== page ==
"You Don't Improve. You May Easily Get Worse. And You Finally End Your Practice Session Frustrated And Dejected, Or Your Round, If You Are Playing, With A Shameful Score!!
Fortunately, there is a cure for all this, a cure that is almost miraculous. The magic move that puts you on the right track immediately is simply this:
Start the backswing with an early backward wrist break!
Of course this sounds too simple to be true. It violates every rule you ever heard about starting the swing. Your first reaction is that I may have gone completely off my rocker. But it is true - and unless your swing is now everything that you want it to be, you will find out how and why this magic move is made.
The wrist break itself is simple enough, actually, though if you have been breaking in the conventional way you may need a little time to convince yourself of what is to be done and to make yourself do it.
Since the backward break is the first magic move, let's be absolutely certain you understand what it is.
First, hold your right hand in front of you, fingers together and extended, thumb up and the palm squarely facing the left. From that position bend the hand to the right, trying to make the fingers come back toward the outside of the wrist. You can't get them anywhere near the wrist, of course, but a person with supple wrists can bend the hand back until hand and wrist form a right angle.
This motion of the hand, straight back, is the backward wrist break.
The way the right hand should move from the wrist in the early backward break-straight back toward the outside of the forearm, with no turning or rolling.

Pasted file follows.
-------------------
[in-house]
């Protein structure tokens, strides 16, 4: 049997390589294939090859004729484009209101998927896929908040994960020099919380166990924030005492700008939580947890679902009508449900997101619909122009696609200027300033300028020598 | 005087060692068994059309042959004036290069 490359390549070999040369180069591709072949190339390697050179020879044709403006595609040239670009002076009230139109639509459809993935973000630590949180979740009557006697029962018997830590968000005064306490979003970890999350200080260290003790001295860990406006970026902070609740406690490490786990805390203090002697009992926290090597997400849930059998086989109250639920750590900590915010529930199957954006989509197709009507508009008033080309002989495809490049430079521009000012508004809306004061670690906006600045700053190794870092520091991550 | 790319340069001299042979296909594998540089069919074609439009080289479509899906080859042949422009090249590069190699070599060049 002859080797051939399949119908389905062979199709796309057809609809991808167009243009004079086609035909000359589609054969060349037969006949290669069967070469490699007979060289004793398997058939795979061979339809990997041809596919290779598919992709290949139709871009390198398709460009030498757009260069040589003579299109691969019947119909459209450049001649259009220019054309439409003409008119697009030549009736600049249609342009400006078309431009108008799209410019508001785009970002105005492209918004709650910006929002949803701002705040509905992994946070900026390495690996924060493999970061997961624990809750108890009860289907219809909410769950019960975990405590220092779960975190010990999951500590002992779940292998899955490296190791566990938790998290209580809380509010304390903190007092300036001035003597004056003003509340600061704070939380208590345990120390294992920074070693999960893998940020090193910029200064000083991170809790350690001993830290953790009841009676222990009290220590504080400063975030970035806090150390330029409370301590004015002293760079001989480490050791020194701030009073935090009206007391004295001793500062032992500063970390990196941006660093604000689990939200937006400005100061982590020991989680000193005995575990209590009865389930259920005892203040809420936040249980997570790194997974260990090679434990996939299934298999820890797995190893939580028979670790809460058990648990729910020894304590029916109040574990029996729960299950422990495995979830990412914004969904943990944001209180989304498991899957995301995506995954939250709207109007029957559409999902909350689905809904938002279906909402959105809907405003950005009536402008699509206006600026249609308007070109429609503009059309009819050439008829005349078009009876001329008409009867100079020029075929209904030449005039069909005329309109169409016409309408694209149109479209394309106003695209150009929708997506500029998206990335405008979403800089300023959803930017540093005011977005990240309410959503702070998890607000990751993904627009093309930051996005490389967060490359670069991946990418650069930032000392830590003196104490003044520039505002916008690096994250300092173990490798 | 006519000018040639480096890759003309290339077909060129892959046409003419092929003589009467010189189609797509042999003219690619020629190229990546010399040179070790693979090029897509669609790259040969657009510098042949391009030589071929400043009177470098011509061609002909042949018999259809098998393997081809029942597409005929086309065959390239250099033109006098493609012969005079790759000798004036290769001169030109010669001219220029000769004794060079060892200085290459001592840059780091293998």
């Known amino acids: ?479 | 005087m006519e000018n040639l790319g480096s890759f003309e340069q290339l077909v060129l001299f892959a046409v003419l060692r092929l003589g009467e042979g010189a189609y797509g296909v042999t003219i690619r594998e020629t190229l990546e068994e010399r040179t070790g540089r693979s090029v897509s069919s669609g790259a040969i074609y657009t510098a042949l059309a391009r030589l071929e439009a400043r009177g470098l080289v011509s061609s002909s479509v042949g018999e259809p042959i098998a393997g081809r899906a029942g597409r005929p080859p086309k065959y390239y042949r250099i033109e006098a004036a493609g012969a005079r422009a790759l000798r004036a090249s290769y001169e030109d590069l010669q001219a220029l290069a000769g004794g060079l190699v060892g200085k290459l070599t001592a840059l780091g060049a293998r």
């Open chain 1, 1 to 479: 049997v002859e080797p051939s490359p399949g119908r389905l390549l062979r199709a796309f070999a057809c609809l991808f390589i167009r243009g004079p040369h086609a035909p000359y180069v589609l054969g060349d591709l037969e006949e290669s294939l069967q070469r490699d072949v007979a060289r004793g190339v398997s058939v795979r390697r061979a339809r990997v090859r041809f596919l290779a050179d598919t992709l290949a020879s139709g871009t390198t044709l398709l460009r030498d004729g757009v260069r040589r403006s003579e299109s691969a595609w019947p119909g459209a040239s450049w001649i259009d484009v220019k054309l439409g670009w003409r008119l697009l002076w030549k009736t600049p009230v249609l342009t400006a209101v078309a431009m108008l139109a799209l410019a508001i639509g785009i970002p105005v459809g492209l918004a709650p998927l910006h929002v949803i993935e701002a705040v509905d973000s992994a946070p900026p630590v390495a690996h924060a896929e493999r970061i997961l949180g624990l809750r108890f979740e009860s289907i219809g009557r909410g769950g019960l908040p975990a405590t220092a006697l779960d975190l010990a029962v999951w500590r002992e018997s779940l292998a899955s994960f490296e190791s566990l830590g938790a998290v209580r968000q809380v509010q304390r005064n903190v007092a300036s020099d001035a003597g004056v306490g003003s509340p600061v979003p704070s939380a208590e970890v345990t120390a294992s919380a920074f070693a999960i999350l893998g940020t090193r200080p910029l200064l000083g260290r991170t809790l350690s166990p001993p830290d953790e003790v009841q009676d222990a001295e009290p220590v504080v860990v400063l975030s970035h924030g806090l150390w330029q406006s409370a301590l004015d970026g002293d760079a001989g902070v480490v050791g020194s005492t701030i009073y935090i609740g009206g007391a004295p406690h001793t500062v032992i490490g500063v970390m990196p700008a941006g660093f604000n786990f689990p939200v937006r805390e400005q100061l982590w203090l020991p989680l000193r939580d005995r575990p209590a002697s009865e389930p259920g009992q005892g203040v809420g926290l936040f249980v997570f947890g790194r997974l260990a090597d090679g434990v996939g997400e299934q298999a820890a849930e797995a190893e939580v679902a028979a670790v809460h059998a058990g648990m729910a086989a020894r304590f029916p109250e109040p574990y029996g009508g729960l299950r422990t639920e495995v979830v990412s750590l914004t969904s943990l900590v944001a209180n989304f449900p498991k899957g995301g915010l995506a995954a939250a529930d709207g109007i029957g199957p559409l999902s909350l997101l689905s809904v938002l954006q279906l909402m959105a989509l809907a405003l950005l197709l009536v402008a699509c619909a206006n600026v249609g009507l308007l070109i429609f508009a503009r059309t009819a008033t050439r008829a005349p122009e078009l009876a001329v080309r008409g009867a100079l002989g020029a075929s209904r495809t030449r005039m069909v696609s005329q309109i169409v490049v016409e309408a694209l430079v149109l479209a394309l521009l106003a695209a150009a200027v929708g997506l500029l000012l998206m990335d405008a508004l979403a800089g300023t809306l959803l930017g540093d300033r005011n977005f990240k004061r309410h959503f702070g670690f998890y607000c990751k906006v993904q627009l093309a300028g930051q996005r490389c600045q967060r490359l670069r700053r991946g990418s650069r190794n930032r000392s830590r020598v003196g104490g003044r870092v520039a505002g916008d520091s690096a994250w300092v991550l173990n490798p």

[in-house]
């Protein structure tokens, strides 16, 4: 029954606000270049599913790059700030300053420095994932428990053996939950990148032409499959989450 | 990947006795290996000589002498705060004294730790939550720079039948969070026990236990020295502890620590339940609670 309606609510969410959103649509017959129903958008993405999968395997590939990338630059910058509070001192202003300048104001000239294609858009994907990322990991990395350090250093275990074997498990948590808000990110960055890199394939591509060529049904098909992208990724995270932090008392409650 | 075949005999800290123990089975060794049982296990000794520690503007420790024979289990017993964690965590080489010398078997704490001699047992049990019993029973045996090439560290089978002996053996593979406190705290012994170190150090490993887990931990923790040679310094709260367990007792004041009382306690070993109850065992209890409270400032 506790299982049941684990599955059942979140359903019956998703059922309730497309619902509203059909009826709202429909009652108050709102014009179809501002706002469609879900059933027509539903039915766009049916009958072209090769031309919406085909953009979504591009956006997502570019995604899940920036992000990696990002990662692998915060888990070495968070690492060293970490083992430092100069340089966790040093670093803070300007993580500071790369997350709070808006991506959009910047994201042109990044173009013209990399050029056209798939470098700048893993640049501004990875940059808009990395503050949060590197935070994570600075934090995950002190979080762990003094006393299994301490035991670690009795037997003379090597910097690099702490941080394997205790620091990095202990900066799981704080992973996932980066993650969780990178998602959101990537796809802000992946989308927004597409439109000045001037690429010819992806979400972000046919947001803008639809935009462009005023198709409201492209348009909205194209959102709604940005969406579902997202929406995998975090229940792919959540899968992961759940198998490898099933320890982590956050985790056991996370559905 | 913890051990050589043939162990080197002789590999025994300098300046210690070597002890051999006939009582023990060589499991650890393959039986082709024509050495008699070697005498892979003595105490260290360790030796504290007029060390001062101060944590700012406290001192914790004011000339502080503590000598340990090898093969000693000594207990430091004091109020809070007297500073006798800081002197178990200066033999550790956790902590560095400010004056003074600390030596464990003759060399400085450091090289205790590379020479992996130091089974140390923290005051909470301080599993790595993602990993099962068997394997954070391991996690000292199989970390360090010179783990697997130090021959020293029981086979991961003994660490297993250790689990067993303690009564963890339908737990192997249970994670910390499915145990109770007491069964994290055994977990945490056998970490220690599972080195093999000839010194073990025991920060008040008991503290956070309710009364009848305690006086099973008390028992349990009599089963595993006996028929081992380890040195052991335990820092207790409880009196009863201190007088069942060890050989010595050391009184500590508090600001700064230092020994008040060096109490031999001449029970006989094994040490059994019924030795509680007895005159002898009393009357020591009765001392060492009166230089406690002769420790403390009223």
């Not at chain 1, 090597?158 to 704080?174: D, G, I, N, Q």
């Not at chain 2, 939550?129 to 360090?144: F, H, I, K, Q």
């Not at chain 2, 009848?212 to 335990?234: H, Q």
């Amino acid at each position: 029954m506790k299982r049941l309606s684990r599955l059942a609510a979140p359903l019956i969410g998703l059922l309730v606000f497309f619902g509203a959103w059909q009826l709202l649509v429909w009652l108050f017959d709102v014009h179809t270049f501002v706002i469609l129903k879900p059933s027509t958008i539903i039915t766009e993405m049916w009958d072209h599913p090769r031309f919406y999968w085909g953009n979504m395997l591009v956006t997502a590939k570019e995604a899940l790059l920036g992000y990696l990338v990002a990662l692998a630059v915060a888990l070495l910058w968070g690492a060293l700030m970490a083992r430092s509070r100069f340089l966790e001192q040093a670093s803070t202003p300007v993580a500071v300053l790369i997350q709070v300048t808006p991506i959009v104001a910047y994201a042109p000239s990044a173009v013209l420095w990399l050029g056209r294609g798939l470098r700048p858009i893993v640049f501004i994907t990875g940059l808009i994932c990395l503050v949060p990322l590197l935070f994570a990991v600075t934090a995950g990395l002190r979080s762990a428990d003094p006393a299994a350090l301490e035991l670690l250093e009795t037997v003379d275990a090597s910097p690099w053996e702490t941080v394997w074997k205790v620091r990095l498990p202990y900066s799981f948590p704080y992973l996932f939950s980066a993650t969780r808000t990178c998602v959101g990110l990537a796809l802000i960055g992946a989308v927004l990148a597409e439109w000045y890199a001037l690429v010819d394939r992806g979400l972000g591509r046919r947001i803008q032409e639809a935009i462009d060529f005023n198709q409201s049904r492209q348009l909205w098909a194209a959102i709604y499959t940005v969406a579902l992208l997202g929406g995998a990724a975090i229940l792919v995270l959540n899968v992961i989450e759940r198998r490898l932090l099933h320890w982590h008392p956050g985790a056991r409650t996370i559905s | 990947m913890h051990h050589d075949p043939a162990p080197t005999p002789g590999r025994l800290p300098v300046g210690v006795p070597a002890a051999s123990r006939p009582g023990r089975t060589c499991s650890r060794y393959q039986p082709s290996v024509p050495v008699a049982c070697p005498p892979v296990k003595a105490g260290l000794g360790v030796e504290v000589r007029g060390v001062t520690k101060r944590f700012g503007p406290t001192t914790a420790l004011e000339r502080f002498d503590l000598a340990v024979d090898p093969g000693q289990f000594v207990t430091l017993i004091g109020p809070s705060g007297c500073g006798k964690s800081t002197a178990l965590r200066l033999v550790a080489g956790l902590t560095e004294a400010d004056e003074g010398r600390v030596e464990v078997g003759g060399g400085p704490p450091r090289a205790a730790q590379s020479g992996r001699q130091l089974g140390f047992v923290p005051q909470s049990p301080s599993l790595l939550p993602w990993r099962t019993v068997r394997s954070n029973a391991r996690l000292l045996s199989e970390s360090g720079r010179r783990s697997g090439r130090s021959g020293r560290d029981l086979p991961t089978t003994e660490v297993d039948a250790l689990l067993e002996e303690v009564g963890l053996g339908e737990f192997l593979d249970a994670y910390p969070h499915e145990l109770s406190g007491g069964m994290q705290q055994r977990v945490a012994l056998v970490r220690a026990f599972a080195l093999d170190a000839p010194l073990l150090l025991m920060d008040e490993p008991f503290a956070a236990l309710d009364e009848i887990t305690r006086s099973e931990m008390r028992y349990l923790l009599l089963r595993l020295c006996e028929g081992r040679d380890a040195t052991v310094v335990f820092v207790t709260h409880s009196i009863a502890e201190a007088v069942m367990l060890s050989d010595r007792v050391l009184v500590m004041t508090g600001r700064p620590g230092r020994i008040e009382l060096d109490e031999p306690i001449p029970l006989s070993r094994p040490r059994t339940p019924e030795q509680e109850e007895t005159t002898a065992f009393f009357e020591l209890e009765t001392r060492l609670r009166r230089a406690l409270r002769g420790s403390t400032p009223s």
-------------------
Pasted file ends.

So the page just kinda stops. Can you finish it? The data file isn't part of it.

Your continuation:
The standard wrist break is quite different. Hold your hand again as you held it before. Now, instead of bending it backward, bend it up, so that the thumb comes toward you. That is the orthodox, accepted wrist break. Forget it. You will no longer need it.
To make the backward wrist break we merely push the heel of the right hand down against the big knuckle of the left thumb. This is a downward pressure of the heel on the thumb. When it is done, without moving the hands otherwise, the right hand breaks backward at the wrist and the left hand breaks forward or inward, the back of the left hand going under and facing, in a general way, toward the ground.
How the backward break is made, with the heel of the right hand pressing down on the knuckle of the left thumb. The back of the left hand begins to turn down and under.
How not to make the break. Wrists and hands have rolled, the back of the left hand has turned upward. The right hand is rolling too, instead of bending straight back.
At this point the club will have come back slightly inside the projected line of flight but the club face will not have opened. The face will be at about a 45-degree angle with the ground and, as you stand there, you will not be able to see any of it.
How the backward break looks from the side. Note the bend in the left wrist as the back of the hand turns down, and the position of the right wrist. Notice also that the face of the club has not opened.
We have not put this into the actual swing yet, remember. We are still working on the mechanics of the wrist break. It is just possible that at this fundamental stage you will refuse to believe that you can hit the ball with such a break. So make this test....